Regulus is developing RG-012, a single stranded, chemically modified oligonucleotide that binds to and inhibits the function of miR-21 for the treatment of Alport syndrome. Alport syndrome is a life-threatening genetic kidney disease with no approved therapies.
In preclinical studies, RG-012 has demonstrated potent inhibition of miR-21 in vitro and in vivo, and in an experimental model of Alport syndrome demonstrated a decrease in the rate of progression of renal fibrosis, an increase in the lifespan of the mice by up to fifty percent, and an additive benefit in combination with an emerging standard of care therapy. Further, RG-012 has received orphan drug status from the U.S. Food and Drug Administration and European Commission as a therapeutic in development for the treatment of Alport syndrome.
Ongoing RG-012 Trials
RG-012 is being developed by Regulus in a strategic alliance with Genzyme, a Sanofi company, for the treatment of Alport syndrome. Regulus is responsible for advancing RG-012 to proof-of-concept. At that stage of development, Sanofi has an exclusive option exercisable after proof-of-concept to assume worldwide development and commercialization of RG-012 subject to a co-promote right in the United States by Regulus.
ATHENA Natural History Study and Phase II Therapeutic Intervention Study for Patients with Alport Syndrome
Currently, there is little known information on exactly how Alport syndrome progresses, although miR-21 is known to play a role in the disease progression. miR-21 is up-regulated in Col4A3 deficient mouse models of Alport syndrome, other renal fibrosis models and human CKD patients. The role of miR-21 has been validated through genetic knock-out models and anti-miRs targeting miR-21 have reduced the severity of fibrosis in two distinct preclinical rodent models.
In September 2014, Regulus initiated ATHENA (www.alportstudy.com) a natural history of disease study to gather greater information about the progression of Alport syndrome, particularly the rate of decline in renal function in Alport syndrome patients over time. To our knowledge, this is the first-ever prospectively designed natural history study in patients with Alport Syndrome.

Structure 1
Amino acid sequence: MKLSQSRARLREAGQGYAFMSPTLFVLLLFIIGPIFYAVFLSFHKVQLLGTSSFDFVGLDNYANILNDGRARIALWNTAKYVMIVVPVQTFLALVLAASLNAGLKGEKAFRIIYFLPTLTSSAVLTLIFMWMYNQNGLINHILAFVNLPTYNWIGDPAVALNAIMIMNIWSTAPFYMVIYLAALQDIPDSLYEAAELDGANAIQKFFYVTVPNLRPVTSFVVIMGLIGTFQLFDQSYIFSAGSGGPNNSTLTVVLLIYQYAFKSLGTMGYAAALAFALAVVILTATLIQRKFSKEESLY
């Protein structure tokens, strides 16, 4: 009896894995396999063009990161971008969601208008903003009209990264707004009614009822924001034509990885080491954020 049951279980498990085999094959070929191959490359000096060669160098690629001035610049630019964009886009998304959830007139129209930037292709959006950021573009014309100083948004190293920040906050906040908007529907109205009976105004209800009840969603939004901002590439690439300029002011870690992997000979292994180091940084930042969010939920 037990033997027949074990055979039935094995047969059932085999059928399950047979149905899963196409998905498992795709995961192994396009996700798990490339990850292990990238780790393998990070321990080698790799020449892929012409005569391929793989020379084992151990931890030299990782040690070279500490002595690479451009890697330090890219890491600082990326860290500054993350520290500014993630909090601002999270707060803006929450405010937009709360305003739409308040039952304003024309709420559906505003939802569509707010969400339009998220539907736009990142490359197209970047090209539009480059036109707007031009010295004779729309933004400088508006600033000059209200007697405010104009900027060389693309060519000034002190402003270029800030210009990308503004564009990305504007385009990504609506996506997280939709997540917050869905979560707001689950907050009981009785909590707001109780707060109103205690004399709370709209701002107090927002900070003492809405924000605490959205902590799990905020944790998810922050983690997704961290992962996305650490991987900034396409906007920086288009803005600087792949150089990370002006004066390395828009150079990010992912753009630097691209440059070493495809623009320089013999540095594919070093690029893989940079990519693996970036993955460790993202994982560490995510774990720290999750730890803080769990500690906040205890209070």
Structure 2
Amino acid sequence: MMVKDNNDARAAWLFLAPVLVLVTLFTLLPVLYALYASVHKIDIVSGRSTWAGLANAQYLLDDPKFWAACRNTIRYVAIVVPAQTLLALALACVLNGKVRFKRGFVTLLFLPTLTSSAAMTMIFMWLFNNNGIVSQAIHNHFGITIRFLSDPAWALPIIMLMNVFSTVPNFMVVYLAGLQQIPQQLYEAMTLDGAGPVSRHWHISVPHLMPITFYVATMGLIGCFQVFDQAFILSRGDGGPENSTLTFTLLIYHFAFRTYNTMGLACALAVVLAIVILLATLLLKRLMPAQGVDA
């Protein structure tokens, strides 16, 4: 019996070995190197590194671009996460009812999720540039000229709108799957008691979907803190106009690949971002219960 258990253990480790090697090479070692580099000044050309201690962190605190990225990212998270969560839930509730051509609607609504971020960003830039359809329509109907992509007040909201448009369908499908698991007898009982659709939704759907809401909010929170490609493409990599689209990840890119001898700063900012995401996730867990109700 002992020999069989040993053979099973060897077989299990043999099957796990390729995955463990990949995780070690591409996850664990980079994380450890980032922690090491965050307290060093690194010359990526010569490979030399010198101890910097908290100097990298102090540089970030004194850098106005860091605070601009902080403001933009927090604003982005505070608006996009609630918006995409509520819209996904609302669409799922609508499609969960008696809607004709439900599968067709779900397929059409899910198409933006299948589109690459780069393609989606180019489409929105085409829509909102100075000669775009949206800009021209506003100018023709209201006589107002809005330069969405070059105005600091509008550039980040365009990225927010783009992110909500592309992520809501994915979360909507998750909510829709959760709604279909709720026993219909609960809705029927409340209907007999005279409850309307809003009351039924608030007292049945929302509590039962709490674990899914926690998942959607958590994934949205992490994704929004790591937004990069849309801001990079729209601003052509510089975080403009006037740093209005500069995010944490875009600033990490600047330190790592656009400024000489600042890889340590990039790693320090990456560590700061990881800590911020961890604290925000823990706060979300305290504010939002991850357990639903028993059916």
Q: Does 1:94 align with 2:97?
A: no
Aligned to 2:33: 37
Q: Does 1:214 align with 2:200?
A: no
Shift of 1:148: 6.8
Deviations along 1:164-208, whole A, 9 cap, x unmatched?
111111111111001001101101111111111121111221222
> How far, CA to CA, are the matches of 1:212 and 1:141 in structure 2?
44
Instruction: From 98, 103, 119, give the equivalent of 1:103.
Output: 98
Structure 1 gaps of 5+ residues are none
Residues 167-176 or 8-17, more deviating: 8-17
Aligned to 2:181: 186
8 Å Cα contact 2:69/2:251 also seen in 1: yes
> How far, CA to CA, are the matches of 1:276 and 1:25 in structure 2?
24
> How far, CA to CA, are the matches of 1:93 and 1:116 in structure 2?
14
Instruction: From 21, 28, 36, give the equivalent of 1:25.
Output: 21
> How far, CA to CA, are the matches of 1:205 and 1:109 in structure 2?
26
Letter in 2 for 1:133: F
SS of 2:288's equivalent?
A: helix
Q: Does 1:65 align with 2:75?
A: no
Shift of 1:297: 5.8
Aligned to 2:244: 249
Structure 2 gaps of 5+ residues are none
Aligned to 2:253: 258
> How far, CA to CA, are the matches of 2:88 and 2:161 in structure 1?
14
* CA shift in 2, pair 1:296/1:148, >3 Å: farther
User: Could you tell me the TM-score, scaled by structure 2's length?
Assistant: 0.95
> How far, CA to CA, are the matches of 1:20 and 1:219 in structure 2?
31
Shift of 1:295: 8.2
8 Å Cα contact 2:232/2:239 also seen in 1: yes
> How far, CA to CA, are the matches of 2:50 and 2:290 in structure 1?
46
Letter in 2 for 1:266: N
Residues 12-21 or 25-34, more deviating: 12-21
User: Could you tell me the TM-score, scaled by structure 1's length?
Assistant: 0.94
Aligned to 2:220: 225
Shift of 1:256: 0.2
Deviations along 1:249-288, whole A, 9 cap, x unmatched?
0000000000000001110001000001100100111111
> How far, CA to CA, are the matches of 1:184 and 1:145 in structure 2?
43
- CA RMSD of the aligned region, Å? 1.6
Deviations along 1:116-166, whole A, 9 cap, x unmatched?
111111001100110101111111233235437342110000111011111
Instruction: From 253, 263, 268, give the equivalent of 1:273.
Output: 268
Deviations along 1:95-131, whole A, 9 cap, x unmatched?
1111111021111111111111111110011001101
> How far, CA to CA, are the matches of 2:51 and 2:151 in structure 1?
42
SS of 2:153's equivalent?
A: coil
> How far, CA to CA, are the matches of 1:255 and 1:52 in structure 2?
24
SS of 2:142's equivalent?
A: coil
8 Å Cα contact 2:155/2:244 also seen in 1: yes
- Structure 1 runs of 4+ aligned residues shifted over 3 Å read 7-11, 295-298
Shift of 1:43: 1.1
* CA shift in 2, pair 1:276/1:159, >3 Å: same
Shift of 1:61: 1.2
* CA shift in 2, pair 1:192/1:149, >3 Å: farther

About Alport Syndrome
Alport syndrome is an inherited form of kidney disease caused by mutations in the type IV collagen genes (Col4A3, Col4A4 and Col4A5). The prevalence of mutations in the collagen IV family of genes is estimated to be 1 in 5,000 individuals (Pirson, 1999). Type IV collagen is important for maintaining the integrity of the glomerular basement membrane (GBM), a vital component in the kidney structure and filtration process. The genetic mutation in the collagen gene results in thickening in the GBM and impairment of glomerulus filtration.
Alport syndrome patients experience a progressive loss of kidney function, which ultimately leads to end stage renal disease requiring dialysis or kidney transplantation often by early adulthood, or even death (Cosgrove, 2012; Jais et al., 2000; Oka et al., 2014). Patients with Alport syndrome are thought to account for approximately 2.5% of all renal transplants in the US. Alport syndrome can also cause hearing loss and eye abnormalities during late childhood or early adolescence because the collagen IV isotypes are also expressed in the inner ear and eye. The major clinical concern, however, is the loss of renal function.
Although not an approved therapy for Alport syndrome, ACE (angiotensin-converting enzyme) inhibitors are often used in patients with Alport syndrome to treat proteinuria, or abnormal amounts of protein in the urine, an indicator of chronic kidney disease. However, with no approved therapies, Alport syndrome is a disease with an urgent unmet medical need.